Last week we suggested that The Fed had set us up for a run of low mortgage rates and we weren’t wrong: The average lender is currently offering the lowest rates of the past two months, coming in or around 3.375 percent on a 30-year fixed rate loan.
The big news last week was The Fed’s announcement that it still wasn’t confident enough in its numbers to justify a rise in the Federal interest rate. That surprised few, as the economic body has balked several times during 2016 after previously suggesting that we may see multiple rises during the calendar year. Now, the earliest plausible rise may come during December, and lenders are feeling alright about keeping things low.
Although today’s rates are the lowest they’ve been in two months, that’s not exactly earth-shaking news. After all, we’ve been sitting in a record-setting period of stasis, where rates have simply refused to spike up or down—resulting in rates between 3.375 and 3.5 percent for nearly half a year. The past two months have tended toward the higher end of that spectrum as we briefly considered that perhaps Chairwoman Yellen would finally push the button…which has now fallen through. Rates have fallen for five consecutive days as of September 28, suggesting that the trend will be on the lower side of things for at least a few weeks.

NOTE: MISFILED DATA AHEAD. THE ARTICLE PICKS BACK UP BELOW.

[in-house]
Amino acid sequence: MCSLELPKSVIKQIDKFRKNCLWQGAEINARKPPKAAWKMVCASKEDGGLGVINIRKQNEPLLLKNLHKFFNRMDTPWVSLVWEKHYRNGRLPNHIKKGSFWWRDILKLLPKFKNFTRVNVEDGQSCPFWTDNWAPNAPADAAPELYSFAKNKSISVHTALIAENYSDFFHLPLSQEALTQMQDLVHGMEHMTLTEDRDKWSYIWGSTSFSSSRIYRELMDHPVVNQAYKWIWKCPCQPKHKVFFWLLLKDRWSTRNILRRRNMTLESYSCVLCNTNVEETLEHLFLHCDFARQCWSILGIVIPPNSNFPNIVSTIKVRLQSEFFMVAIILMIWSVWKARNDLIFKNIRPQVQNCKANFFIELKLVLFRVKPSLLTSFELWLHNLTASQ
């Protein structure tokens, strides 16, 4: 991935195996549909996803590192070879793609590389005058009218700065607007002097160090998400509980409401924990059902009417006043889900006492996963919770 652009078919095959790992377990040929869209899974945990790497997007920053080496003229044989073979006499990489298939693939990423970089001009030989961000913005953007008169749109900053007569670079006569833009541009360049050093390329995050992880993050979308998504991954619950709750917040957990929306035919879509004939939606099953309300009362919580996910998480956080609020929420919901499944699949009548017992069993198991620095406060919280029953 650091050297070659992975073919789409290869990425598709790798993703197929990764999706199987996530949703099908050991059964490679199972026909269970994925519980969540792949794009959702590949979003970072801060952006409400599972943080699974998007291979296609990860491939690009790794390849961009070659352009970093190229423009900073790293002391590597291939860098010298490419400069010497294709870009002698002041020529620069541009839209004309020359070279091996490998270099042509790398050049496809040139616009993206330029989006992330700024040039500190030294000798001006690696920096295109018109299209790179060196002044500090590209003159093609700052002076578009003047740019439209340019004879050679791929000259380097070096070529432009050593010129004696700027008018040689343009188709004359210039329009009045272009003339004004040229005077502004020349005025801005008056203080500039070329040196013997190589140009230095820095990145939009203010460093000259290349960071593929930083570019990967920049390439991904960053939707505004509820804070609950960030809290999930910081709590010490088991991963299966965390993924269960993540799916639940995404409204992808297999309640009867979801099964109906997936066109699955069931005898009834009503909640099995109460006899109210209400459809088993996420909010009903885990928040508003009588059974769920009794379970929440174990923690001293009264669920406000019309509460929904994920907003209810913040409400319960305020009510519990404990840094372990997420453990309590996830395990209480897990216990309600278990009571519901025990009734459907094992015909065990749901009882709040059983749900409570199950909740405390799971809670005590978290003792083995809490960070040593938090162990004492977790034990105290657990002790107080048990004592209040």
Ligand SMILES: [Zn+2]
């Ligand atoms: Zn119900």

That begs the question: Who’s still around to reap the benefits? Despite the good news for buyers and borrowers, refinance applications are actually down .7 percent week-to-week after The Fed’s announcement. As you might expect, lower rates typically drive applications up.
And, as has been the case with similar statistics during 2016, everything is relative. Refinance applications may be down relative to last week, but they’re significantly heightened relative to last year. This week’s numbers are 34 percent higher than the same period during 2015. The same applies to new mortgage applications, which are up 10 percent year-to-year for the current week.
In short, many got the deed done early, not anticipating better opportunities during 2016. If you haven’t applied for refinance or a brand new mortgage yet, but see yourself doing so soon, the next month may be the time to do it.
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